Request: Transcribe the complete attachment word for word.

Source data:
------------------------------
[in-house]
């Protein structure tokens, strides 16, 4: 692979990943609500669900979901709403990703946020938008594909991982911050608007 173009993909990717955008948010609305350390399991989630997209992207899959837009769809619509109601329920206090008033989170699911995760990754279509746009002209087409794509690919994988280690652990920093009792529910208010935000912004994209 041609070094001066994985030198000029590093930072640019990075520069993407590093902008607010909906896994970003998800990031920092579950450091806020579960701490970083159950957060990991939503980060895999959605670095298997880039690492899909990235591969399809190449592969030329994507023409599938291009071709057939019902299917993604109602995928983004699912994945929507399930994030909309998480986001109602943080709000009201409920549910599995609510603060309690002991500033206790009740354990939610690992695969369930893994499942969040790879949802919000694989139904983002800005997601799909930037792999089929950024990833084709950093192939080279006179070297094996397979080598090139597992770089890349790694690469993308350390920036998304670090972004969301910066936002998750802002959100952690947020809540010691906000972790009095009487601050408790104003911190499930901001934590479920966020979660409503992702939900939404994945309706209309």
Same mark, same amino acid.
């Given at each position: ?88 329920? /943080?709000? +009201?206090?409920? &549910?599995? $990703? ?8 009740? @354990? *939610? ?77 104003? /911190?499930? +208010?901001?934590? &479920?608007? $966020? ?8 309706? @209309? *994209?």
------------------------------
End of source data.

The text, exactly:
[in-house]
């Protein structure tokens, strides 16, 4: 692979990943609500669900979901709403990703946020938008594909991982911050608007 173009993909990717955008948010609305350390399991989630997209992207899959837009769809619509109601329920206090008033989170699911995760990754279509746009002209087409794509690919994988280690652990920093009792529910208010935000912004994209 041609070094001066994985030198000029590093930072640019990075520069993407590093902008607010909906896994970003998800990031920092579950450091806020579960701490970083159950957060990991939503980060895999959605670095298997880039690492899909990235591969399809190449592969030329994507023409599938291009071709057939019902299917993604109602995928983004699912994945929507399930994030909309998480986001109602943080709000009201409920549910599995609510603060309690002991500033206790009740354990939610690992695969369930893994499942969040790879949802919000694989139904983002800005997601799909930037792999089929950024990833084709950093192939080279006179070297094996397979080598090139597992770089890349790694690469993308350390920036998304670090972004969301910066936002998750802002959100952690947020809540010691906000972790009095009487601050408790104003911190499930901001934590479920966020979660409503992702939900939404994945309706209309």
Same mark, same amino acid.
């Given at each position: ?88 329920? /943080?709000? +009201?206090?409920? &549910?599995? $990703? ?8 009740? @354990? *939610? ?77 104003? /911190?499930? +208010?901001?934590? &479920?608007? $966020? ?8 309706? @209309? *994209?």